Dan W. Johnson writes: "Thanks for your refreshing, candid and optimistic remarks about how good it is to be a doctor! It's not often that doctors are openly happy with their jobs these days. I am a first-year med student at an osteopathic med school. As an orthopedic doctor, how often do you work with D.O.s, and have you ever used any tenets of osteopathy in your treatments?"
Dr. Michael Ain at 2:19pm ET
Thank you. I am very enthusiastic about being a physician. In my mind it is the best job anyone can have. In terms of working with osteopaths, there is actually an osteopathic orthopedic residency in York, Pennsylvania, that sends their residents to Hopkins to learn pediatric orthopedics. Therefore, I work daily with osteopathic physicians and I enjoy it.
Lynn at 2:20pm ET
First, I would just like to say I was so impressed and moved by your story. Has being a physician been everything you thought it would be? What is different than what you expected?
Dr. Michael Ain at 2:21pm ET
Being a physician is wonderful. I always knew that it would be very difficult work. I didn't know it would be this difficult or this stressful, but I am still very happy doing it. I'll still take the stress any day.
Bill from 246.83.161.newyork2.level3.net at 2:21pm ET
Dr. Ain, can you tell us what made you decide to become a physician? Was there one moment when you knew that this was the right career for you?
Dr. Michael Ain at 2:23pm ET
I don't think that there was one particular moment; I think there were many moments. As a child growing up I was a patient several times, and there were physicians who took time and were caring. You remember those special moments, and it meant a lot to me. Yet there were other physicians who lacked compassion, who didn't want to talk to you and treated you very indifferently. I thought I could be the first type of physician, and that's what drove me to it.
Susan at 2:23pm ET
What would you consider the most difficult or challenging procedure that you perform? Is the challenge due to the patients or the technical issues surrounding the procedure itself?
Dr. Michael Ain at 2:24pm ET
For me, the most challenging procedures that I do are when I operate on the spine. My practice has grown to the point where I do a lot of spinal surgery. I enjoy it, but it is extremely stressful and therefore extremely challenging. The risks involved in doing spinal surgery are very large.
Moderator at 2:26pm ET
Kat writes: "Dr Ain, my daughter goes to school with a 'little person.' Since she has questions, I would like to tell her the truth. What is the average life expectancy, and what should a young child know to make her feel comfortable?"
Dr. Michael Ain at 2:28pm ET
Good question. To answer this question accurately, though: There are many hundreds of forms of "little people," or people with skeletal dysplasias. Therefore, the life expectancy of one particular type might be different than another. However, I would tell your daughter that I would treat this "little person" as she would treat anyone else, neither better nor worse.
Moderator at 2:28pm ET
Ron writes: "Now that you have succeeded, what advice would you give other young people facing the same obstacles & challenges that you faced in pursuing your career?"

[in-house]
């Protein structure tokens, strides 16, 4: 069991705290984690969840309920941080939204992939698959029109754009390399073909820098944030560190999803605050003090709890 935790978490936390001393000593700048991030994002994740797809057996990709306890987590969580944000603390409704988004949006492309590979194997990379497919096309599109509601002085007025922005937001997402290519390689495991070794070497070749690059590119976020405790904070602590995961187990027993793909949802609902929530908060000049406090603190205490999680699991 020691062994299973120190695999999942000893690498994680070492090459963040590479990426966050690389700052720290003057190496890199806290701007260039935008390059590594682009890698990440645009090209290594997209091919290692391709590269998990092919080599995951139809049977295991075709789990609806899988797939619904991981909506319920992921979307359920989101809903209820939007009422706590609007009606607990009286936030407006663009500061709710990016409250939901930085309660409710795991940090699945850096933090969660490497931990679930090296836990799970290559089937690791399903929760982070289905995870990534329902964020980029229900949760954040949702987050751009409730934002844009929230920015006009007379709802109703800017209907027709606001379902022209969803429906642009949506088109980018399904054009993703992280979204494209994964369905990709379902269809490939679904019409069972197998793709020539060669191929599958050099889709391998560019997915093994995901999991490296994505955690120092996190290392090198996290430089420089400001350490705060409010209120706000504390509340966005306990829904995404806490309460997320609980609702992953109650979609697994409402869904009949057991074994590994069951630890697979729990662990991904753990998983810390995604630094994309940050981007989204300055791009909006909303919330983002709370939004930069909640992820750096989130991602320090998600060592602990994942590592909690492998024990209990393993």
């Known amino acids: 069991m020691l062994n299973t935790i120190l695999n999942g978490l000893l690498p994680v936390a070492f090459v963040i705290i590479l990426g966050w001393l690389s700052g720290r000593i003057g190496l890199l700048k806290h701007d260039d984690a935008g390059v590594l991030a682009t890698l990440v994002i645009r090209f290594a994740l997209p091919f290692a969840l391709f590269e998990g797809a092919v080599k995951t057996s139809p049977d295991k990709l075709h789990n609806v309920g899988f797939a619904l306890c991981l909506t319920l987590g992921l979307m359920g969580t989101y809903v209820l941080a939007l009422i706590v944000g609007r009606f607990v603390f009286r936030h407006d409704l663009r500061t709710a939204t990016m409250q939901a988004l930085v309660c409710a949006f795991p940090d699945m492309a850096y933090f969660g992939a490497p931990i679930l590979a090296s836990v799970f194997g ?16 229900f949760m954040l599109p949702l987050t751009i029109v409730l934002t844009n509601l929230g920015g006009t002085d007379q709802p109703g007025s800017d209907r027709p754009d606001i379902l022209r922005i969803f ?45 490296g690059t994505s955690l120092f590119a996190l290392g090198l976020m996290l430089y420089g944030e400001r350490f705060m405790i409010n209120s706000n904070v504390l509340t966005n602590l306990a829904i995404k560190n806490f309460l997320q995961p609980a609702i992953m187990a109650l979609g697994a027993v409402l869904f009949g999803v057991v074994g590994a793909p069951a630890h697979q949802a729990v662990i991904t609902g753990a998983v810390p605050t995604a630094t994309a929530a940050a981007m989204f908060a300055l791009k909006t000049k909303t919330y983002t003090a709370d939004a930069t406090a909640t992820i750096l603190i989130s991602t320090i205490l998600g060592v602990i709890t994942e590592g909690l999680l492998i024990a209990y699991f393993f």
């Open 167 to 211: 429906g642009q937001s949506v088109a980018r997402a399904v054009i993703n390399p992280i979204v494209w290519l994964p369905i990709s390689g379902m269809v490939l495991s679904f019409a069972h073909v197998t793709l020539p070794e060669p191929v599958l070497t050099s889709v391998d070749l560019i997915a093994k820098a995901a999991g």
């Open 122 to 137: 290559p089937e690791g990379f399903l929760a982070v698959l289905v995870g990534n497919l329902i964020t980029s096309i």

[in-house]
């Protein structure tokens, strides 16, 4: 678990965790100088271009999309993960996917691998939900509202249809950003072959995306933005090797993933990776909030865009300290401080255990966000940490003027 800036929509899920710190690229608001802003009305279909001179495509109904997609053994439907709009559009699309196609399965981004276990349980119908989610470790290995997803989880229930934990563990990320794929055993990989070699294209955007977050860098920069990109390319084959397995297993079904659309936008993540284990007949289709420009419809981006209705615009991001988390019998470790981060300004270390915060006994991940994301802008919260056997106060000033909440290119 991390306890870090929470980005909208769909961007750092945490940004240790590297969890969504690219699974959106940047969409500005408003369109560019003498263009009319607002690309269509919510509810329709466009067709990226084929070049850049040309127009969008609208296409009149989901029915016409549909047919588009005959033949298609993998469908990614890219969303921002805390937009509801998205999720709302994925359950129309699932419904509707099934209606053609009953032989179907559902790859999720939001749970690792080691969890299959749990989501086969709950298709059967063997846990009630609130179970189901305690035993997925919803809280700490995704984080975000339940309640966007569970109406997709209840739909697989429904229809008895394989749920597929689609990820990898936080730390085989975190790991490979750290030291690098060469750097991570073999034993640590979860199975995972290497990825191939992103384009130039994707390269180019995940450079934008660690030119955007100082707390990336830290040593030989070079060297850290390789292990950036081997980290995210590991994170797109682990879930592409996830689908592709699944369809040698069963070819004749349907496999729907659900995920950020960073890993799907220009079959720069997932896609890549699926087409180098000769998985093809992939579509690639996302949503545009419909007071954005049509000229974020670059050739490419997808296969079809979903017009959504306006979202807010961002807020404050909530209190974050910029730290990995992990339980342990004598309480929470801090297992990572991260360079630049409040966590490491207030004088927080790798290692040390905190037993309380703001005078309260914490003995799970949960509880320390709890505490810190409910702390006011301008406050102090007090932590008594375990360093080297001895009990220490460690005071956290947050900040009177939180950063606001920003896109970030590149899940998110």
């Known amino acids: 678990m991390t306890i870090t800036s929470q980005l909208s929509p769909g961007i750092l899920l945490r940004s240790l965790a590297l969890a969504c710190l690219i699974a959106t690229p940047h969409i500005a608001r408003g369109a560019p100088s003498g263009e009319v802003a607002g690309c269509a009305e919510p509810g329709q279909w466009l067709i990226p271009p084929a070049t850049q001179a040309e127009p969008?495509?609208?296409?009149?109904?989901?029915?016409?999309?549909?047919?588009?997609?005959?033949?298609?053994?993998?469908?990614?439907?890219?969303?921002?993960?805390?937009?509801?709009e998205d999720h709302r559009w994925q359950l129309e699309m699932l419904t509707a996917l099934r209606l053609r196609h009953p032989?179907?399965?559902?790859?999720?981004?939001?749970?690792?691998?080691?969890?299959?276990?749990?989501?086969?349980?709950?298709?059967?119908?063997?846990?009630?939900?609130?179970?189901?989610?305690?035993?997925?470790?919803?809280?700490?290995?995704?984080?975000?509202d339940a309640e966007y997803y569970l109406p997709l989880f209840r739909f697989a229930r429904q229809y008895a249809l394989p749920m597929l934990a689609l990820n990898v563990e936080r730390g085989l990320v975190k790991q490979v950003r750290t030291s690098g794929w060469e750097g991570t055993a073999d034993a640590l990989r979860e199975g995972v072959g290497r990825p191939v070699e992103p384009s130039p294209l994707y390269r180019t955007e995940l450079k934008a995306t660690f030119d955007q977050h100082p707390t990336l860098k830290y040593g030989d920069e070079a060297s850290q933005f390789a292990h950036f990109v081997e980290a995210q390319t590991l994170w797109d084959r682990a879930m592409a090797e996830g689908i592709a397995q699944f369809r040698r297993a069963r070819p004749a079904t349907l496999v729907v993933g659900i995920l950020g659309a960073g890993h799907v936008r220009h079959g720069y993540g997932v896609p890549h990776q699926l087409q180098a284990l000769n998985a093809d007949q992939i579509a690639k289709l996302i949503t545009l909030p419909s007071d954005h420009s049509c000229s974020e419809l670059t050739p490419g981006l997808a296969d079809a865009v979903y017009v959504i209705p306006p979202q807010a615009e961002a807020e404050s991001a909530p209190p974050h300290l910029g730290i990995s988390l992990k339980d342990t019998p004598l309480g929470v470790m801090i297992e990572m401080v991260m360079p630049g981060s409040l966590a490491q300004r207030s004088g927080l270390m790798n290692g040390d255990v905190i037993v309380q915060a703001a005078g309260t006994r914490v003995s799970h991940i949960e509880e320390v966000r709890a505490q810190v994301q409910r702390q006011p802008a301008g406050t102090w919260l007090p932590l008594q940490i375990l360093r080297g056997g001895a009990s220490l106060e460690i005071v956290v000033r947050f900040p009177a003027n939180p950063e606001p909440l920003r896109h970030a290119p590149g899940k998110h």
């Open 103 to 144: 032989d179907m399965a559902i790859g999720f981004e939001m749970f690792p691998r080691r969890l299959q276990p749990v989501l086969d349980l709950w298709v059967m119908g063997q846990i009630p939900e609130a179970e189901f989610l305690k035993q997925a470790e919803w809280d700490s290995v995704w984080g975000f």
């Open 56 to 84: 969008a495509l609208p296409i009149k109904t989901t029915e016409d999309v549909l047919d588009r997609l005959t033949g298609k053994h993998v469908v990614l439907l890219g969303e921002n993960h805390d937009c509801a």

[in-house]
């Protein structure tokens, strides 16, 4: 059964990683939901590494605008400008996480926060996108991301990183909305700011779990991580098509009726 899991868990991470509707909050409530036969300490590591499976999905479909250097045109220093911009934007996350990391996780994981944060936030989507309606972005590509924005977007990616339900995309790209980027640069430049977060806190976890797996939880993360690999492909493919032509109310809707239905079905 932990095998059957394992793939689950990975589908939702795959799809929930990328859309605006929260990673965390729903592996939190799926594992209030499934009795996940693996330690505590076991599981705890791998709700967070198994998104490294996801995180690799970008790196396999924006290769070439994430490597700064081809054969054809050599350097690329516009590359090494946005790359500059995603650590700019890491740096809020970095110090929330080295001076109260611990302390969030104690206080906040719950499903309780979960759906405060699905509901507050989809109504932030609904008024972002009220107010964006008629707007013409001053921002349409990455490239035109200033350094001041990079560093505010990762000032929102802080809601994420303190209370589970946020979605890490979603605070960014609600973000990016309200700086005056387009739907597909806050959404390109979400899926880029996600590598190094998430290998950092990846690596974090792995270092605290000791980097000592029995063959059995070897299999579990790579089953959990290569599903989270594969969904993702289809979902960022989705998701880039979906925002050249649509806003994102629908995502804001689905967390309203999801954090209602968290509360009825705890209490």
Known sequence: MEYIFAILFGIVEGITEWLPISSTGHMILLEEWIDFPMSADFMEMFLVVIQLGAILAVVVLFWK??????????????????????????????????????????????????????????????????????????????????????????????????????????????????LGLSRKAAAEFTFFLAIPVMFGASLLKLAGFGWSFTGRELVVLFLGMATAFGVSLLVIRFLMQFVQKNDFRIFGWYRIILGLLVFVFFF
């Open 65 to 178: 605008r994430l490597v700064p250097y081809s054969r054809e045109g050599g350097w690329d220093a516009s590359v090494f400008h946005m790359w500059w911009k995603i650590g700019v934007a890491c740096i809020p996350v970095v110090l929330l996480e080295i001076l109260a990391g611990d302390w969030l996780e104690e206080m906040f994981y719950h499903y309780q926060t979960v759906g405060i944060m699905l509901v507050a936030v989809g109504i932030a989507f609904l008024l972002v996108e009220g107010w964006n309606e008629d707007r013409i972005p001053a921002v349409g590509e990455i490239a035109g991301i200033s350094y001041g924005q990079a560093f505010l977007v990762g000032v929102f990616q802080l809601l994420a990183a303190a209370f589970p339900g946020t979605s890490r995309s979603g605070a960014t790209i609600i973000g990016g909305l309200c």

Dr. Michael Ain at 2:29pm ET
What I tell other people who ask for advice is to do what they want to, to work hard and to do such a good job that nobody can say no to you. Your only limitation should be yourself; do what you want to do in life, and don't let anyone tell you different.
Bill at 2:30pm ET
Dr. Ain, what kind of progress do you think modern science will make toward treating/curing conditions such as dwarfism? If dwarfism could be prevented through genetic manipulation in the future, what is your opinion with regards this type of intervention?
Dr. Michael Ain at 2:32pm ET
Modern medicine has made many advances in treating people with forms of skeletal dysplasias, both from an orthopedic point of view and from a genetic point of view, However, especially from an orthopedic point of view, we have a long way to go, and hopefully I'll be able to be involved in helping make these advances.
Erin at 2:33pm ET
Dr Ain, what types of challenges did you encounter during medical school and how did you overcome them?
Dr. Michael Ain at 2:33pm ET
The challenges that I faced in medical school were no different than anyone else's.
Moderator at 2:34pm ET
Christelle asks: "Any difficulty in gaining respect among your peers?"
Dr. Michael Ain at 2:35pm ET
I think presently that my peers treat me well — as well as anyone else. If someone thinks I'm doing a good job, they treat me well. I'm treated on my ability and not based on my physical stature.
Bill from 246.83.161.newyork2.level3.net at 2:36pm ET
Dr. Ain, when you retire, what would you like to be remembered for in your career?
Dr. Michael Ain at 2:37pm ET
I want to be remembered when I retire as a good, kind and caring physician, one that had a large favorable impact on many people and that maybe made some advances in treating people with orthopedic conditions.
Moderator at 2:37pm ET
Since we only have a few minutes yet, do you have any final thoughts for our audience?
Dr. Michael Ain at 2:41pm ET
The one thing I feel very strongly about is: Don't let anyone or any group of people tell you that you cannot accomplish your dreams. If they are your dreams, you can accomplish them with hard work. You just have to put your mind to it and make some sacrifices. There's nothing you can't do if you really want to do it.
    To quote Teddy Roosevelt, "It is far better to dare mighty things, to win glorious triumphs even though checked by failure, than to take rank with those poor spirits who neither enjoy much nor suffer much because they live in a gray twilight that knows not victory nor defeat."
Moderator at 2:42pm ET
Dr. Ain, thanks very much. Click here for more on ABCNEWS' Hopkins 24/7 series.